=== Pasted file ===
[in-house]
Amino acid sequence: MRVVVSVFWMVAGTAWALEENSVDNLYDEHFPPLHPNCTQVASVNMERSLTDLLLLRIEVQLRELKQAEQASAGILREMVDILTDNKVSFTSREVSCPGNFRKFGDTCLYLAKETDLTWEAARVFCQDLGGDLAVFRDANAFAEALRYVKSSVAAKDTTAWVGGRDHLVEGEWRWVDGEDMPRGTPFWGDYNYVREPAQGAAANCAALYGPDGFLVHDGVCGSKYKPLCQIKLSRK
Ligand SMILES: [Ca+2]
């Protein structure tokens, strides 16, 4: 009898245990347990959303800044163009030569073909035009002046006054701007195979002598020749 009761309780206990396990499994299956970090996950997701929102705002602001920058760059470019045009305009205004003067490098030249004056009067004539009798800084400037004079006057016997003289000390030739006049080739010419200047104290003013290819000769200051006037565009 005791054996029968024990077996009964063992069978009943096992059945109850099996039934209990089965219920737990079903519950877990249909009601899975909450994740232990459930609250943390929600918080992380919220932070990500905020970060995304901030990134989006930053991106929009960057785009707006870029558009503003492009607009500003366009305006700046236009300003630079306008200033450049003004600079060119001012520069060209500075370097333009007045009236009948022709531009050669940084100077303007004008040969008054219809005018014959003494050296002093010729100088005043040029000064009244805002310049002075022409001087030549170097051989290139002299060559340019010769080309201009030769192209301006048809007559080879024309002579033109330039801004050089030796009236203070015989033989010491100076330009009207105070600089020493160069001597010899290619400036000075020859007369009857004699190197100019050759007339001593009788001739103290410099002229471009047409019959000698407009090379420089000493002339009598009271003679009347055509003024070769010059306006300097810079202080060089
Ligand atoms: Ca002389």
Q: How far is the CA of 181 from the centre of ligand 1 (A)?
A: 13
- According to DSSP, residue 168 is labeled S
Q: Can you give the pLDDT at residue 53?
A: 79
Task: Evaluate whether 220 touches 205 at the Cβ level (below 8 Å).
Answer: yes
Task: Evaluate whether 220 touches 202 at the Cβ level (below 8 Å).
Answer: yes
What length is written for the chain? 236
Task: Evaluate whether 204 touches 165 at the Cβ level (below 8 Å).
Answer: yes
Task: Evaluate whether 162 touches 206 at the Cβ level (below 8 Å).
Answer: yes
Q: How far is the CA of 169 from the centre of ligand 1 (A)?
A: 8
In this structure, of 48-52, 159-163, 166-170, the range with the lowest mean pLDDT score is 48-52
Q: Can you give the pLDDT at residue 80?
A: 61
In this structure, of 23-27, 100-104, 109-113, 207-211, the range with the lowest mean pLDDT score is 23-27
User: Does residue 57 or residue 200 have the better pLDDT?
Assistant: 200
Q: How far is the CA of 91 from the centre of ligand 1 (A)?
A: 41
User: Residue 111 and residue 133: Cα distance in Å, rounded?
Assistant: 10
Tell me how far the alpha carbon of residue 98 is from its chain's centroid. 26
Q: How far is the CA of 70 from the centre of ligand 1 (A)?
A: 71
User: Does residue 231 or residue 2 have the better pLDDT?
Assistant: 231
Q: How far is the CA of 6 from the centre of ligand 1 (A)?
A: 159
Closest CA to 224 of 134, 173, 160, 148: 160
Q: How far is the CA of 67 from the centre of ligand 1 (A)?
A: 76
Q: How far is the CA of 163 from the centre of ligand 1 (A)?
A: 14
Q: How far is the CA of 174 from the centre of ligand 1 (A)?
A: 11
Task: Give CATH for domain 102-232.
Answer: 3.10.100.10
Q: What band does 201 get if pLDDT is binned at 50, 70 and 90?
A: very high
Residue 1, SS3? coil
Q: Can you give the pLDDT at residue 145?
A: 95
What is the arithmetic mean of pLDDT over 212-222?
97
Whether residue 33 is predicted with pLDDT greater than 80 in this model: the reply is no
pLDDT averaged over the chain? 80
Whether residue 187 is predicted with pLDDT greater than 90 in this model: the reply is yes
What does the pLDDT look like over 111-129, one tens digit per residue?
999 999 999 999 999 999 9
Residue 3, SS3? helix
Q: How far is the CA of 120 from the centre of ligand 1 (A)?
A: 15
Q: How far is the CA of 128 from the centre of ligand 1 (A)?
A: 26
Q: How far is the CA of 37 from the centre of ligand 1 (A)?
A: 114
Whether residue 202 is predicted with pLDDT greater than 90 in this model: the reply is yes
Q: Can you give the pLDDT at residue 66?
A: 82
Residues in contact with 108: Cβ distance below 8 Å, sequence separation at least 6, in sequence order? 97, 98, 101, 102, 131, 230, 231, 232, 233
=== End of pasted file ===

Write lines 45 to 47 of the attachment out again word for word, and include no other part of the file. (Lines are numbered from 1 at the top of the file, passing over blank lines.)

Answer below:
A: 11
Task: Give CATH for domain 102-232.
Answer: 3.10.100.10